¶32 The 1970 Legislature enacted S.C.R. No. 86 (1970 Oklahoma Session Laws, page 695) declaring it to be the Legislative intent "that the statutes of this state which grant authority to a candidate in an election to challenge the correctness of the results of an election, including a recount of the ballots cast, only apply to elections wherein a vote is cast for candidates. Legislative authority has not been granted for a recount of votes cast in any election wherein a question or proposition is submitted for approval or rejection." (emphasis ours).

¶33 It appears the Legislature determined there is a distinction between an election of candidates to public office and a bond election. At least it has provided a vehicle for contesting an election involving candidates for public office, and has specified a period of time in which a contest may be filed. Our research does not indicate the Legislature has provided a similar vehicle for challenging the correctness of an election wherein a question or proposition is submitted to the voters for approval or rejection. It appears from S.C.R. No. 86, supra, that no statutory authority exists.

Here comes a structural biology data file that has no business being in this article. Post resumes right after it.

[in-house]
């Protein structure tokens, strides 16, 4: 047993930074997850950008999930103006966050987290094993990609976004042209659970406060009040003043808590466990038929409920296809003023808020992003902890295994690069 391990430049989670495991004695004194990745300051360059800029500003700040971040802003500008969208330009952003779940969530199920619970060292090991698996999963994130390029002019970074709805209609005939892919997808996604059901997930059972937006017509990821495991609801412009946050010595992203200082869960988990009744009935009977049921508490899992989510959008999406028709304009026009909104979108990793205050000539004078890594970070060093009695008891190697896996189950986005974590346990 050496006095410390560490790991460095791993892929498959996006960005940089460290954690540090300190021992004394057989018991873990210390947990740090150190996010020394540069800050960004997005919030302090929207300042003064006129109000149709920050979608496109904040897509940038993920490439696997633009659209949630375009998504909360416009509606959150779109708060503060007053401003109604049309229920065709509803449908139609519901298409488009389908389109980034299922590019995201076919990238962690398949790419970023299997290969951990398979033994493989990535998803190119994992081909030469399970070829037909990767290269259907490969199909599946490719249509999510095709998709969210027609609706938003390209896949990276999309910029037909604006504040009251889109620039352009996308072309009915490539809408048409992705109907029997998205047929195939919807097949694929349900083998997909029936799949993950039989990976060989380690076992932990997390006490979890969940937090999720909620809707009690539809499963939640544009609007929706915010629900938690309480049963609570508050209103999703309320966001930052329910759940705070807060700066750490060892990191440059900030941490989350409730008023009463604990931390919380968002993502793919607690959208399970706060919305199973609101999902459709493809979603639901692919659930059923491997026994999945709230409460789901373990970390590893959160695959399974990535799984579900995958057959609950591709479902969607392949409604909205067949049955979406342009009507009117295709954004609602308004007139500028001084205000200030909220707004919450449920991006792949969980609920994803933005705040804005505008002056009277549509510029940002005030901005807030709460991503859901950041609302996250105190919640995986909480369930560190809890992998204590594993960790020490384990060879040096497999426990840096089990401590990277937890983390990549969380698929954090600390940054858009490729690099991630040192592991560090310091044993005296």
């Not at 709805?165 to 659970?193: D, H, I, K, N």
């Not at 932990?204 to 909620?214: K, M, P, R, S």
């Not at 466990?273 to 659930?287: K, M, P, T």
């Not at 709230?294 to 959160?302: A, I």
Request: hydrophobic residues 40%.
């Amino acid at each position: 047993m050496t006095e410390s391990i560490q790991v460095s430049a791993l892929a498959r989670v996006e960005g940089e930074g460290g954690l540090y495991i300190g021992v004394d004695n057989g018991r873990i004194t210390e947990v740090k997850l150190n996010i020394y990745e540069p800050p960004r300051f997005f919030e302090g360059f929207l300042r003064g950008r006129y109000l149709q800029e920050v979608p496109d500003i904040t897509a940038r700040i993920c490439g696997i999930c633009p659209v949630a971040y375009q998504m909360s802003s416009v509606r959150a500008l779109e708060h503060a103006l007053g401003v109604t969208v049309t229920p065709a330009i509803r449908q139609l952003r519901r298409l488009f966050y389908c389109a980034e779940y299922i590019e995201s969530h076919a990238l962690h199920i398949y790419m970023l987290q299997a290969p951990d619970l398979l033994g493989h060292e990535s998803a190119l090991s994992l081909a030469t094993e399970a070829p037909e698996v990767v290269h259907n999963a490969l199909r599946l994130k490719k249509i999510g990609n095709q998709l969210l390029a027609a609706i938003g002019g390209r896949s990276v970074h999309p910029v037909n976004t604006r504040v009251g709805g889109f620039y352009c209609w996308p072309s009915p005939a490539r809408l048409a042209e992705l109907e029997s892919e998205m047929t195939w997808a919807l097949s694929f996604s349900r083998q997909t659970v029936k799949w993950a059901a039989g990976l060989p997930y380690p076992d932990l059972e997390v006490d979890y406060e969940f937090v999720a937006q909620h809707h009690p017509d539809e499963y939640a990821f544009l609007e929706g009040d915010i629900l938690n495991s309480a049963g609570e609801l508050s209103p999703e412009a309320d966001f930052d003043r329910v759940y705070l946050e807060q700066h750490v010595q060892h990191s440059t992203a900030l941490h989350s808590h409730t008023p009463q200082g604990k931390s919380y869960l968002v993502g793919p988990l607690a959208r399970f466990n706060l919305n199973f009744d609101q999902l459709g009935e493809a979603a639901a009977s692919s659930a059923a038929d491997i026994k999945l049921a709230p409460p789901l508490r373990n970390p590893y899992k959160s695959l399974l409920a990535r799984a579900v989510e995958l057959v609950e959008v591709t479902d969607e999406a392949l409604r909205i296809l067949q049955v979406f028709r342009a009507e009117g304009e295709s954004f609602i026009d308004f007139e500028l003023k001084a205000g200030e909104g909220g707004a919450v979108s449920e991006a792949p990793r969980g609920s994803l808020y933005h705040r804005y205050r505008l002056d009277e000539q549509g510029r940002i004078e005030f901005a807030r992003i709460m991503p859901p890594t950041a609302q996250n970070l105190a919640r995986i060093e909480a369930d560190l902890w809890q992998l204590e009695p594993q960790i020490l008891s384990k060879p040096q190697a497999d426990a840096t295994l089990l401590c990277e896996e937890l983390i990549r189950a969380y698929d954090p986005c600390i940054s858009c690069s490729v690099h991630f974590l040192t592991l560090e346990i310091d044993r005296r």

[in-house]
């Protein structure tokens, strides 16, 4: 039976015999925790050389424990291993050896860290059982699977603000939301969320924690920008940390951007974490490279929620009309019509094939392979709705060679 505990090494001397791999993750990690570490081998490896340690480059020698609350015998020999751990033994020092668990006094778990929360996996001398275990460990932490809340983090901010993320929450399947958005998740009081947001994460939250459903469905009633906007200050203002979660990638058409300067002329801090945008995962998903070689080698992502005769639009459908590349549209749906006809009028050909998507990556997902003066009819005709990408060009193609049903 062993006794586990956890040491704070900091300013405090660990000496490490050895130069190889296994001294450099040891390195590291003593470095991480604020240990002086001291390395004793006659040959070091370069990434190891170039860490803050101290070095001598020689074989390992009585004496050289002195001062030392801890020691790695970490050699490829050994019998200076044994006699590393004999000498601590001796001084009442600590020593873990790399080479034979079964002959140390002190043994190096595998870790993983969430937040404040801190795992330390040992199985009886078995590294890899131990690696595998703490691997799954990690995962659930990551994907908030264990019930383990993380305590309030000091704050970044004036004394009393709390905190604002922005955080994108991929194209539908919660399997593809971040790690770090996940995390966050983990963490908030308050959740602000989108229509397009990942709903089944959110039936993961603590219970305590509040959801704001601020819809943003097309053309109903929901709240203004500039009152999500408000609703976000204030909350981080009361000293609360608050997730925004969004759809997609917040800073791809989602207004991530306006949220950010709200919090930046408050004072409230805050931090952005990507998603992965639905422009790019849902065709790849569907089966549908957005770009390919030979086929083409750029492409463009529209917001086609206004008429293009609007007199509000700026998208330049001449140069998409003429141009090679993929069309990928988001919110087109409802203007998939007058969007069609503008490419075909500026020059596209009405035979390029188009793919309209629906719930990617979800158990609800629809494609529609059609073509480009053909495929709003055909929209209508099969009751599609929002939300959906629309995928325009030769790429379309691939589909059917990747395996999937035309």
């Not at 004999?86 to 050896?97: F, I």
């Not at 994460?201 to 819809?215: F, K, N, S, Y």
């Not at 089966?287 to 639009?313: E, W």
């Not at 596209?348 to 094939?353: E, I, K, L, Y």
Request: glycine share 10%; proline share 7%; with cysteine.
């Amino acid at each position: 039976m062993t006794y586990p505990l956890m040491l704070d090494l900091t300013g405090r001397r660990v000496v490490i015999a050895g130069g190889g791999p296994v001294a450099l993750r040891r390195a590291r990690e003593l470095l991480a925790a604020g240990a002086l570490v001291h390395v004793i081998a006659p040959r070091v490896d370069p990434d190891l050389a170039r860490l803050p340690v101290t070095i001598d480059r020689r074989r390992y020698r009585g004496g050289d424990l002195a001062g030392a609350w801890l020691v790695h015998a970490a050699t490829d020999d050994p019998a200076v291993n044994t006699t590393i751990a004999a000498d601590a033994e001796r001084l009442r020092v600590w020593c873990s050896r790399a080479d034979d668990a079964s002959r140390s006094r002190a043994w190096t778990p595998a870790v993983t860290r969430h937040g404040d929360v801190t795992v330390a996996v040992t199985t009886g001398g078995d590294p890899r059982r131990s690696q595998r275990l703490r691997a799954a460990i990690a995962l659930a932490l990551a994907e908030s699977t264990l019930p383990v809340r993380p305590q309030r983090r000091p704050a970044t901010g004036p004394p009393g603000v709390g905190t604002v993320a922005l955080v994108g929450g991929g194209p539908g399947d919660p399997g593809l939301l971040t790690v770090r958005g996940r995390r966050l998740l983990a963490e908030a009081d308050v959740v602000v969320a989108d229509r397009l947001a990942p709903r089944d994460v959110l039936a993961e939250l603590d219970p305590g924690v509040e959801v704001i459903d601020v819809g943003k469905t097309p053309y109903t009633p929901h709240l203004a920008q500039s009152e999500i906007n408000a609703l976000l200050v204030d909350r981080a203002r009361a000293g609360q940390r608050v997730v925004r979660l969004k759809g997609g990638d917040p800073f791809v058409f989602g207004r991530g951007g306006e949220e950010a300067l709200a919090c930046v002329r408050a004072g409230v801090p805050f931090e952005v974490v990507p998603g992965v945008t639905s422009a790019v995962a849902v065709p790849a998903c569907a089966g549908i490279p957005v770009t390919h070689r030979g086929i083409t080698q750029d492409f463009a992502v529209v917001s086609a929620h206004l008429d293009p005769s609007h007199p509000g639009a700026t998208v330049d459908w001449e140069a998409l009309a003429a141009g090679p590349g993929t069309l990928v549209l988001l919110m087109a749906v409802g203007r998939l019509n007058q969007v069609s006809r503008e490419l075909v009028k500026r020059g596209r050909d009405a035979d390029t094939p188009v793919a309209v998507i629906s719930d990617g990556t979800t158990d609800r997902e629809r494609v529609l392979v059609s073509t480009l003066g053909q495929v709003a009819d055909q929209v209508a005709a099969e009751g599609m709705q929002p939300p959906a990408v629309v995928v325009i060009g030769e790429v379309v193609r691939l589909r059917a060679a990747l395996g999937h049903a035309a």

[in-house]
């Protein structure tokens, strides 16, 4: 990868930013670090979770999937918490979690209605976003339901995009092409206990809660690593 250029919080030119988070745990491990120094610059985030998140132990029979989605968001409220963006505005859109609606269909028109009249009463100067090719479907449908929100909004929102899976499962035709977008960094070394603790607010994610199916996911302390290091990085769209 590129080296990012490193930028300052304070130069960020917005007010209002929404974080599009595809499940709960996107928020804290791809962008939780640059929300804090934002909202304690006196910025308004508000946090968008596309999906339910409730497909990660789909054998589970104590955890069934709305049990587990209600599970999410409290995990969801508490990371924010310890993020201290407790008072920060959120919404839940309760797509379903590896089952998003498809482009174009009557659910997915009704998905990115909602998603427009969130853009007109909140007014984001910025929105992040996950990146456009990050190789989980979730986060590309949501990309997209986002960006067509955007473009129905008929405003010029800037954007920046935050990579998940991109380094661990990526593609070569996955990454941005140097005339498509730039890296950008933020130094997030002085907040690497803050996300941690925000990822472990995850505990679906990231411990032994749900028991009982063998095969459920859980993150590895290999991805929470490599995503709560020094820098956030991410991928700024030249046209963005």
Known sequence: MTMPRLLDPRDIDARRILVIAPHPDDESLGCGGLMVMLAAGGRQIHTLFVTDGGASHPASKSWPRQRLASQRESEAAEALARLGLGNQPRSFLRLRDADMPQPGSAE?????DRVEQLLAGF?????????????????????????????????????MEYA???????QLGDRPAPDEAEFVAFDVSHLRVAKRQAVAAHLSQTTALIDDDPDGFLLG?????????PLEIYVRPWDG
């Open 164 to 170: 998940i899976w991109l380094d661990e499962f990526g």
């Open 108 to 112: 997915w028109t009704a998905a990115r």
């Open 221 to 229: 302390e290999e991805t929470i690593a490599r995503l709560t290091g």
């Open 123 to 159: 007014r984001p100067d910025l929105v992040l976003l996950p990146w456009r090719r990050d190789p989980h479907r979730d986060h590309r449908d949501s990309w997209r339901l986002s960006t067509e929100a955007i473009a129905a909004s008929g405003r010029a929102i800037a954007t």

¶34 When Baggett filed his petition to contest the election, the election had not become final, and there were no substantial grounds for distinguishing Baggett's right to have only the legal ballots counted by the State Election Board then from his right to have only the legal ballots counted in the first instance. Wickersham v. State Election Board, Okl., 357 P.2d 421.

¶35 The election was conducted by the duly appointed precinct election officials. There is a presumption that they conducted the election according to law. However, Baggett proved that the election was not conducted according to law, that 104 illegal ballots were cast, and in one precinct a sufficient number of illegal votes was cast to change the results of the election and in such precinct the election officials knowingly permitted non-registered Democrats to vote. Since there was only a 9 vote margin in the announced results, Baggett conclusively proved that the State Election Board could not determine with mathematical certainty from the election returns which candidate received the majority of the legal ballots cast.